For a change of pace, President Trump caused a controversy today. He got the media and the Left hot and bothered this time around by lending his endorsement to Bible literacy classes. In a tweet this morning, he said: “Numerous states introducing Bible Literacy classes, giving students the option of studying the Bible. Starting to make a turn back? Great!”
The “controversial” laws Trump is referring to, which are being advanced in a few states including Kentucky, would introduce elective Bible classes in school. The classes would teach the Bible in terms of history and literature. Students, obviously, would not be required to affirm the doctrine of Biblical infallibility, nor would they be taught, or forced to accept, any moral prescription or supernatural claim made in the text. The Bible would be presented as a literary work, and its historical context and impact would be examined from that perspective.
Why is this idea controversial? Well, because we live in an aggressively stupid culture filled with nincompoops who think “Congress shall make no law respecting an establishment of religion” means that schools have to ignore the very existence of religion. The problem is that a well-rounded education divorced entirely from the Bible is impossible.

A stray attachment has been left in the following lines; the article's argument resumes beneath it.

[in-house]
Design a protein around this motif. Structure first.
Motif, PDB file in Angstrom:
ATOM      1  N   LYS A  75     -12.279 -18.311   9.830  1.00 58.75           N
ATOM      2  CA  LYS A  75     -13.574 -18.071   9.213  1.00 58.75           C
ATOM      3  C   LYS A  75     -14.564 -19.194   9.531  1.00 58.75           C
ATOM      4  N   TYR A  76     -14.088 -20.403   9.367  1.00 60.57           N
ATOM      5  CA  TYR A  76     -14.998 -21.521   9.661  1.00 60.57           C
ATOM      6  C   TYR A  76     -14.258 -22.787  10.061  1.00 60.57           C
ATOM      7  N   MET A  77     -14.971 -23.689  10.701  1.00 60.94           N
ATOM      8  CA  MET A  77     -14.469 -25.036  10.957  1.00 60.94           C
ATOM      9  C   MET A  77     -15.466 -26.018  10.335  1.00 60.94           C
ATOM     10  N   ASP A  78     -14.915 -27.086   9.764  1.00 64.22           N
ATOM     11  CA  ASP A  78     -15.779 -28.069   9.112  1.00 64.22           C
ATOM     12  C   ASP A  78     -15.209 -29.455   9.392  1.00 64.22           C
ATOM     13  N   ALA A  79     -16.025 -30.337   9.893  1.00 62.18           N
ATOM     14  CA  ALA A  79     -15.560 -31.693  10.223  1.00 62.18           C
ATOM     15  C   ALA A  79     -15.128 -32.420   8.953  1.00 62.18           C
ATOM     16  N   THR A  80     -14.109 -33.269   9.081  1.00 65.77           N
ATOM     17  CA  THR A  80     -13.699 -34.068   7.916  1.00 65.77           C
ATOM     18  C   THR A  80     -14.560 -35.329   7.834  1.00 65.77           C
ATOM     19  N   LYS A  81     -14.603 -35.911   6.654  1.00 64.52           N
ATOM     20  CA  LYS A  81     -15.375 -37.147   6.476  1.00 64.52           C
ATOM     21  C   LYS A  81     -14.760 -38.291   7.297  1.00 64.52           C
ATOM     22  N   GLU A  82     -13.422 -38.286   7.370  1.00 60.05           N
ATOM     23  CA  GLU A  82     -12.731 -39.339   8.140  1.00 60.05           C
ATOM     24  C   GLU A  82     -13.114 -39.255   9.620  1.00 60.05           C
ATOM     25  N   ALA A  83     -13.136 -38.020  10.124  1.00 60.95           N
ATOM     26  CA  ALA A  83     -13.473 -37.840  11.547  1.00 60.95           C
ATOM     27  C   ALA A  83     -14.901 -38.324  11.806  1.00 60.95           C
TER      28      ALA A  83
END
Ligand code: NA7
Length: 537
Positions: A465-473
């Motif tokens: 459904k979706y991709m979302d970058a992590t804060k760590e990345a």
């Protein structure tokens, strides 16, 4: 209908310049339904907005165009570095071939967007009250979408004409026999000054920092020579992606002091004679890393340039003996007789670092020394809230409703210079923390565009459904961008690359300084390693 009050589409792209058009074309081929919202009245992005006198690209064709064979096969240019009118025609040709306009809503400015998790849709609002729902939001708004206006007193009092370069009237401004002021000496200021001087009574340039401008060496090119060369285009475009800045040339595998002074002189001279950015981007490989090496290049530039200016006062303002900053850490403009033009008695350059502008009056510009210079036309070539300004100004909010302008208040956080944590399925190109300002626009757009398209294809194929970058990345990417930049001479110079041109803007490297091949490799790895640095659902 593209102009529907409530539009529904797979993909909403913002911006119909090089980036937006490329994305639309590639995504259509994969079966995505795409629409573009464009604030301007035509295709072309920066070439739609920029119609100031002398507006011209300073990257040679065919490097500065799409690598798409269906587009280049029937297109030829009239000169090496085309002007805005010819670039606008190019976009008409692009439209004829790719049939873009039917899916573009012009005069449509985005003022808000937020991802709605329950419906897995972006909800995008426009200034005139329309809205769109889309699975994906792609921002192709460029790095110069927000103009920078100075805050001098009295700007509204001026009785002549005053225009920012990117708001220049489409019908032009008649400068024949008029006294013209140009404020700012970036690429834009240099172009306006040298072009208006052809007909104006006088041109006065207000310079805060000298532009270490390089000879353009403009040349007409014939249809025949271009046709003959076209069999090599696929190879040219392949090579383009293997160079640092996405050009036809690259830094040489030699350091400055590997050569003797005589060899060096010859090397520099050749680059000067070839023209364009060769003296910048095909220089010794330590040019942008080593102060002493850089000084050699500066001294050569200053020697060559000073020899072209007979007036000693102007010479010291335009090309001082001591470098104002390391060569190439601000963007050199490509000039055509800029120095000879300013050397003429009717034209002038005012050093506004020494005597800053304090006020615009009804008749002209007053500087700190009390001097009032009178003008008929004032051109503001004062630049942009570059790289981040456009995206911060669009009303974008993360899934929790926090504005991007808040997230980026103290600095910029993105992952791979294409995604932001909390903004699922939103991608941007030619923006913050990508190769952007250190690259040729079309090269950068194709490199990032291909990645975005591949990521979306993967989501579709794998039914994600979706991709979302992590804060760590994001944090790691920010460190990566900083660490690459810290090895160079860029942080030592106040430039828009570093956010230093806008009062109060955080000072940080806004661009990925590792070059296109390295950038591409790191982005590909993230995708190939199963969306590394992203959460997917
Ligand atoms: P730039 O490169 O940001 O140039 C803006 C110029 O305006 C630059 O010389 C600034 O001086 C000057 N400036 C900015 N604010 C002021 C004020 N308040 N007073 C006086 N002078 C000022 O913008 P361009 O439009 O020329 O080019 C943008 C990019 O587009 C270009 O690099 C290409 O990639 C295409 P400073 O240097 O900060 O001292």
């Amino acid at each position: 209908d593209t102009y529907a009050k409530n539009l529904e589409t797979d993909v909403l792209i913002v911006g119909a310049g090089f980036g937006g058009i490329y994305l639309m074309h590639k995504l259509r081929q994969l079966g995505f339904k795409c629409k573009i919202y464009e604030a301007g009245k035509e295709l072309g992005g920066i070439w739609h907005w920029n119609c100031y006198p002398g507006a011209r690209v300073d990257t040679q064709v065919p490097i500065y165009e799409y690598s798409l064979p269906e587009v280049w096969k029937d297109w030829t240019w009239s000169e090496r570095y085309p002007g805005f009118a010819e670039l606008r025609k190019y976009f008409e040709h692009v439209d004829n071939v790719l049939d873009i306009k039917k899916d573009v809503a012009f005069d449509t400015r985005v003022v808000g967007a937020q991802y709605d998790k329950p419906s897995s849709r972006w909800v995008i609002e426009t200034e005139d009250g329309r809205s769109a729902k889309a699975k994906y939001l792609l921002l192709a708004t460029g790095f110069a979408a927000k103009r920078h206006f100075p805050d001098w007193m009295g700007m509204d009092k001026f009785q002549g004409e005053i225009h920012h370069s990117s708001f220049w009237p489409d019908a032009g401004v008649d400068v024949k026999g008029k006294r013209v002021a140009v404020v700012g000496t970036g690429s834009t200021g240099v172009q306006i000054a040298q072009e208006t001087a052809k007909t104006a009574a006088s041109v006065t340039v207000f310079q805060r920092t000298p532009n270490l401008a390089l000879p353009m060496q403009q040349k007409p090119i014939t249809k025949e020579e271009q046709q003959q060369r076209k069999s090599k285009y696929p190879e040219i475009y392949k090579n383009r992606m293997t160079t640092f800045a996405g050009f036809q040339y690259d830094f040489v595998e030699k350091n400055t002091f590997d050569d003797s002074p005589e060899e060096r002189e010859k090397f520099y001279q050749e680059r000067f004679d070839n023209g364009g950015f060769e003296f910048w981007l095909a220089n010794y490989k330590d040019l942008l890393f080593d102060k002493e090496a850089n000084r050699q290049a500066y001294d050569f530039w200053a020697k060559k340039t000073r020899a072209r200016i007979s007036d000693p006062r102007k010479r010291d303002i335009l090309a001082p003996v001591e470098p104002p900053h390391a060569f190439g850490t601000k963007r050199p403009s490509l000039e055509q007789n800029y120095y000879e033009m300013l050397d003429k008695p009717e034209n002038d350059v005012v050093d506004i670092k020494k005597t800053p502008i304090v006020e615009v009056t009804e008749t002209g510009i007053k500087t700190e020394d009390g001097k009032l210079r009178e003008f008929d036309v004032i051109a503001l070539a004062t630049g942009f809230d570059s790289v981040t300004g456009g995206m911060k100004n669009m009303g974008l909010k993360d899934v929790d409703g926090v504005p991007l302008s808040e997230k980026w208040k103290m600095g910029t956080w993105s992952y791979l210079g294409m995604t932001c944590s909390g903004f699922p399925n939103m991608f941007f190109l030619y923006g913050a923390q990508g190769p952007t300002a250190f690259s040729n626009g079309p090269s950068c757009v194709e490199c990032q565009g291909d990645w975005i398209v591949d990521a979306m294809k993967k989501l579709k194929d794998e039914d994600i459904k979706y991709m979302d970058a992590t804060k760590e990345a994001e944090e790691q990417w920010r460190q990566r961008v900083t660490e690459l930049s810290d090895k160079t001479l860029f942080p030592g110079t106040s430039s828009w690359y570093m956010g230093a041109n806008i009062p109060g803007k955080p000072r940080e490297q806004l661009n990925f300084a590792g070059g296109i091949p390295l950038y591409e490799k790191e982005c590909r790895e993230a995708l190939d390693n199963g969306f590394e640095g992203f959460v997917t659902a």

No matter what you believe or what God, if any, you worship, the simple fact is this: the Bible is the most influential and important book ever composed. It is the most translated, best selling, most widely read, most quoted, most debated, most cherished, most loved, most reviled collection of writings ever compiled in history. This book, more than any other, has molded the world in which we live, especially in the West. If you rip it out of education, it will leave a Bible-shaped hole behind.
You cannot begin to appreciate Shakespeare if you don’t understand the Biblical themes in his work. Same goes for Tolstoy or Dostoyevsky or Dickens or Dante or pretty much any great novel or play or poem written by any Western hand anytime between the first and twentieth centuries. You will have an equally difficult time comprehending or appreciating Renaissance art, Western philosophy, the Enlightenment, the Reformation, and so on. And good luck getting a handle on men like Martin Luther King, Jr. or Abraham Lincoln or Magellan or Columbus or even Gandhi (who read the Sermon on the Mount every day), if you don’t have a handle on the Bible.
I’m fully aware, of course, that many of these topics are increasingly ignored in our public schools anyway. If we have simply given up on offering kids a real education, if we are unconcerned with silly subjects like history and literature and philosophy, then I suppose the whole “Bible literacy” concept is irrelevant. Bible literacy is necessary for general literacy in many important subjects, but if we are throwing out those subjects in any case, then it’s a moot point. But if our educational facilities ever did decide to actually, you know, educate, then the Bible must necessarily be one of the bedrocks of that effort.
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